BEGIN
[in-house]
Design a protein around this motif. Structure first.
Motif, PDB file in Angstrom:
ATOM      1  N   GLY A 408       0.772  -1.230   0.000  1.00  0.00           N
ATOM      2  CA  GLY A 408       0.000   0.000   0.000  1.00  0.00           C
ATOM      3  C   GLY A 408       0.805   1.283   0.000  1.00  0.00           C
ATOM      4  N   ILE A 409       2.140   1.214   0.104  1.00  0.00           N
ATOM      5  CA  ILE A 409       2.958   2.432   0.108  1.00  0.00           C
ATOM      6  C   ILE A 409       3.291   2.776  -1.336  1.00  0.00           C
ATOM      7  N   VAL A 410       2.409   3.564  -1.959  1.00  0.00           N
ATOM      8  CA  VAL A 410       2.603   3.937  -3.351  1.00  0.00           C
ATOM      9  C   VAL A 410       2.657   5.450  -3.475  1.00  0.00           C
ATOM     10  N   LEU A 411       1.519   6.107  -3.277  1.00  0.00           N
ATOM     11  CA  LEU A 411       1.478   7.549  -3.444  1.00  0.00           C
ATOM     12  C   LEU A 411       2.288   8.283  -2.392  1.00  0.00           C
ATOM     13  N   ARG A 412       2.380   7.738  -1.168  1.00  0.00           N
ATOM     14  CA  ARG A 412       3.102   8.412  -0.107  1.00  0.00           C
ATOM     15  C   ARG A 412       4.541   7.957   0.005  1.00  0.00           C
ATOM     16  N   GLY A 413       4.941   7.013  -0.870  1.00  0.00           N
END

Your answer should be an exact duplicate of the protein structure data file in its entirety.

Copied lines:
[in-house]
Design a protein around this motif. Structure first.
Motif, PDB file in Angstrom:
ATOM      1  N   GLY A 408       0.772  -1.230   0.000  1.00  0.00           N
ATOM      2  CA  GLY A 408       0.000   0.000   0.000  1.00  0.00           C
ATOM      3  C   GLY A 408       0.805   1.283   0.000  1.00  0.00           C
ATOM      4  N   ILE A 409       2.140   1.214   0.104  1.00  0.00           N
ATOM      5  CA  ILE A 409       2.958   2.432   0.108  1.00  0.00           C
ATOM      6  C   ILE A 409       3.291   2.776  -1.336  1.00  0.00           C
ATOM      7  N   VAL A 410       2.409   3.564  -1.959  1.00  0.00           N
ATOM      8  CA  VAL A 410       2.603   3.937  -3.351  1.00  0.00           C
ATOM      9  C   VAL A 410       2.657   5.450  -3.475  1.00  0.00           C
ATOM     10  N   LEU A 411       1.519   6.107  -3.277  1.00  0.00           N
ATOM     11  CA  LEU A 411       1.478   7.549  -3.444  1.00  0.00           C
ATOM     12  C   LEU A 411       2.288   8.283  -2.392  1.00  0.00           C
ATOM     13  N   ARG A 412       2.380   7.738  -1.168  1.00  0.00           N
ATOM     14  CA  ARG A 412       3.102   8.412  -0.107  1.00  0.00           C
ATOM     15  C   ARG A 412       4.541   7.957   0.005  1.00  0.00           C
ATOM     16  N   GLY A 413       4.941   7.013  -0.870  1.00  0.00           N